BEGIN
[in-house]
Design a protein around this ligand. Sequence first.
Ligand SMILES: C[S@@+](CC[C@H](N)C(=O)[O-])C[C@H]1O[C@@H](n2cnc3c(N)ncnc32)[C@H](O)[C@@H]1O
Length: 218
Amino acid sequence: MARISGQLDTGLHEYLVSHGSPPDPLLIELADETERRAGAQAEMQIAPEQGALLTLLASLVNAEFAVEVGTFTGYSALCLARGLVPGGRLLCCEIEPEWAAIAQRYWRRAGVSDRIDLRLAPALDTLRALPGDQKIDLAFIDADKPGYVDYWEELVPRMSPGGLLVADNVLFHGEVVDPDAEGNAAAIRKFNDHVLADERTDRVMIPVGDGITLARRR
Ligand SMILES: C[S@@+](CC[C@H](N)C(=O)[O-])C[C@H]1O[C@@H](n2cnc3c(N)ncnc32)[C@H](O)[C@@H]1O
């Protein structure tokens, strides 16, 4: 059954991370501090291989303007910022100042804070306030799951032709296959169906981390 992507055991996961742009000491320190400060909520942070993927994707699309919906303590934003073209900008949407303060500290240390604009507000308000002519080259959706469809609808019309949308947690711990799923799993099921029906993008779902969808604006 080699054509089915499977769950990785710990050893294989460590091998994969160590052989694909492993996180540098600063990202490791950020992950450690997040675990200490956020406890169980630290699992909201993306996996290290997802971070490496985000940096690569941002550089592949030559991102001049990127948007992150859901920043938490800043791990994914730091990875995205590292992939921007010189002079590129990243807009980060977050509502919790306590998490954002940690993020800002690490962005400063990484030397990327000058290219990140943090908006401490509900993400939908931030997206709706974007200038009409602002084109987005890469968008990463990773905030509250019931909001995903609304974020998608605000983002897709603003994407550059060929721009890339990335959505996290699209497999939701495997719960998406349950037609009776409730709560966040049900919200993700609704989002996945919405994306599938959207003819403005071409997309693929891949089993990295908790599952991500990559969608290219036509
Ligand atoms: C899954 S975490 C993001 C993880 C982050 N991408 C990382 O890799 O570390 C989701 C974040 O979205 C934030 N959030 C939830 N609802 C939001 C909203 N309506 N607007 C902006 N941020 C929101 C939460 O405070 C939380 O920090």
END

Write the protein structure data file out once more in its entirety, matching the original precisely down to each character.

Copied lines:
[in-house]
Design a protein around this ligand. Sequence first.
Ligand SMILES: C[S@@+](CC[C@H](N)C(=O)[O-])C[C@H]1O[C@@H](n2cnc3c(N)ncnc32)[C@H](O)[C@@H]1O
Length: 218
Amino acid sequence: MARISGQLDTGLHEYLVSHGSPPDPLLIELADETERRAGAQAEMQIAPEQGALLTLLASLVNAEFAVEVGTFTGYSALCLARGLVPGGRLLCCEIEPEWAAIAQRYWRRAGVSDRIDLRLAPALDTLRALPGDQKIDLAFIDADKPGYVDYWEELVPRMSPGGLLVADNVLFHGEVVDPDAEGNAAAIRKFNDHVLADERTDRVMIPVGDGITLARRR
Ligand SMILES: C[S@@+](CC[C@H](N)C(=O)[O-])C[C@H]1O[C@@H](n2cnc3c(N)ncnc32)[C@H](O)[C@@H]1O
């Protein structure tokens, strides 16, 4: 059954991370501090291989303007910022100042804070306030799951032709296959169906981390 992507055991996961742009000491320190400060909520942070993927994707699309919906303590934003073209900008949407303060500290240390604009507000308000002519080259959706469809609808019309949308947690711990799923799993099921029906993008779902969808604006 080699054509089915499977769950990785710990050893294989460590091998994969160590052989694909492993996180540098600063990202490791950020992950450690997040675990200490956020406890169980630290699992909201993306996996290290997802971070490496985000940096690569941002550089592949030559991102001049990127948007992150859901920043938490800043791990994914730091990875995205590292992939921007010189002079590129990243807009980060977050509502919790306590998490954002940690993020800002690490962005400063990484030397990327000058290219990140943090908006401490509900993400939908931030997206709706974007200038009409602002084109987005890469968008990463990773905030509250019931909001995903609304974020998608605000983002897709603003994407550059060929721009890339990335959505996290699209497999939701495997719960998406349950037609009776409730709560966040049900919200993700609704989002996945919405994306599938959207003819403005071409997309693929891949089993990295908790599952991500990559969608290219036509
Ligand atoms: C899954 S975490 C993001 C993880 C982050 N991408 C990382 O890799 O570390 C989701 C974040 O979205 C934030 N959030 C939830 N609802 C939001 C909203 N309506 N607007 C902006 N941020 C929101 C939460 O405070 C939380 O920090």